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What's the difference between declaring internal variables inside a JavaScript class with this vs var?

Example:

function Foo( ) {
   var tool = 'hammer';
}

function Foo2( ) {
   this.tool = 'hammer';
}

One difference we're aware of is Foo2.tool will yield "hammer" whereas Foo.tool will yield undefined.

Are there other differences? Recommendations for one vs. the other?

Thanks!

share|improve this question
    
Well, obviously the serve different purposes. If you don't have any reason to use this.tool, use var tool. –  Blender Mar 19 '12 at 6:00
    
Thanks, Blender! Would you mind elaborating on the different purposes they serve? –  Crashalot Mar 19 '12 at 6:04
    
Since you can't use var tool outside of the class, it isn't made to be used outside of the class. this.tool is made to be called from outside of the class. –  Blender Mar 19 '12 at 6:04
1  
phrogz.net/js/classes/OOPinJS.html –  meder Mar 19 '12 at 6:32
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1 Answer

up vote 5 down vote accepted

there is no "one or the other" here since the purpose of the two are different.

consider this:

var Melee = function(){

    //private property
    var tool = 'hammer';

    //private method
    var attack = function(){
        alert('attack!');
    };

    //public property
    this.weapon = 'sword';

    //public methods
    this.getTool = function(){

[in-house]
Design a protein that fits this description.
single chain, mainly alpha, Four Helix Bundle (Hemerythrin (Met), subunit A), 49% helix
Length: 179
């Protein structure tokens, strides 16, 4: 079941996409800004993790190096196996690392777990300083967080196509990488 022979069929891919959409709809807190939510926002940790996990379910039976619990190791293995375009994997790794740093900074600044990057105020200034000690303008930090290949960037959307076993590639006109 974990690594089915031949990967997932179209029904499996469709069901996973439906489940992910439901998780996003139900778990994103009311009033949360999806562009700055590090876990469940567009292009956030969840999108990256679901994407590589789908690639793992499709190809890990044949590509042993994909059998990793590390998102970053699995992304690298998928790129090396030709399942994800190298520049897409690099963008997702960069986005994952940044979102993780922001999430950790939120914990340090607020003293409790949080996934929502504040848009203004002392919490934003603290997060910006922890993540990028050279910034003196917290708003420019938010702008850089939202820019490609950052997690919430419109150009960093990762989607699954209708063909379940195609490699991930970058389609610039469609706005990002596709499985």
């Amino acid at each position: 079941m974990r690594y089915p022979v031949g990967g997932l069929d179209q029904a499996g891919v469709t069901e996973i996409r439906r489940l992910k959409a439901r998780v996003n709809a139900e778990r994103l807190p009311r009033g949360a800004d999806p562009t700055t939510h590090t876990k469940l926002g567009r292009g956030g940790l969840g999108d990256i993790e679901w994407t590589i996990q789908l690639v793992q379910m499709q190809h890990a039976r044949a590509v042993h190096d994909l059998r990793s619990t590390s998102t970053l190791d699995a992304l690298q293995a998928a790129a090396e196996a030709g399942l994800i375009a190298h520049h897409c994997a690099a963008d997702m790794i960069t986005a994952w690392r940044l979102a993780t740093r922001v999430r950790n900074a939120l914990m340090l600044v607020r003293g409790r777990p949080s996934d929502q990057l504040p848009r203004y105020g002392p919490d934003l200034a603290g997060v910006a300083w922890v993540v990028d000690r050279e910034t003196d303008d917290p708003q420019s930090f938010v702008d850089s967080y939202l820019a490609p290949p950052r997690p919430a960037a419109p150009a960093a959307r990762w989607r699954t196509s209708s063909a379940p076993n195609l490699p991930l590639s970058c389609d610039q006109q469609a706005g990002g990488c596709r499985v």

return tool; //can get private property tool
    };
    this.setTool = function(name){
        tool = name; //can set private property tool
    };
};

var handitem = new Melee();
var decoration = new Melee();

//public
handitem.weapon;                 //sword
handitem.getTool();              //hammer
handitem.setTool('screwdriver'); //set tool to screwdriver
handitem.getTool();              //is now screwdriver

//private. will yield undefined
handitem.tool;
handitem.attack();

//decoration is totally different from handitem
decoration.getTool();            //hammer
  • handitem.weapon in OOP is a "public property", accessible from the outside. if i created this instance of Melee, i can access and modify weapon since it's open to the public.

  • handitem.tool is a "private property". it's only accessible from inside the object. it is not visible, not accessible, and not modifiable (at least directly) from the outside. trying to access it will return undefined

  • handitem.getTool is a "public method". since it's on the inside of the object, it has access the private property tool and get it for you from the outside. sort of bridge to the private world.

  • handitem.attack is a private method. like all private stuff, it can only be accessed from the inside. in this example, there is no way to call attack() (so we are safe from attack :D )

share|improve this answer
    
Thanks, Joseph. To clarify, if we create different instances of Melee, will each one get its own copy of "tool"? Or will updating one overwrite "tool" for the others? –  Crashalot Mar 19 '12 at 6:09
    
nope, everytime you call new Melee() creates another object. updating a property of one will not change the value of the other. –  Joseph the Dreamer Mar 19 '12 at 6:14
1  
When you use the new keyword, a new and unique object will be created and passed to the Melee function. Thus each will have its own separate weapon property. However, in @Joseph`s code, the tool variable is a function-scope variable, so you cannot alter it directly from outside the function. You would need a setTool method for that. –  Peter Lyons Mar 19 '12 at 6:15
    
Awesome, thanks! One last clarification: if we have a new function called "buyTool", do we need "this.getTool()" or "getTool()" to invoke the "getTool" function inside of the "buyTool" function? –  Crashalot Mar 19 '12 at 6:18
    
where is this buyTool() located? is it in the object? is it private or public? –  Joseph the Dreamer Mar 19 '12 at 6:24
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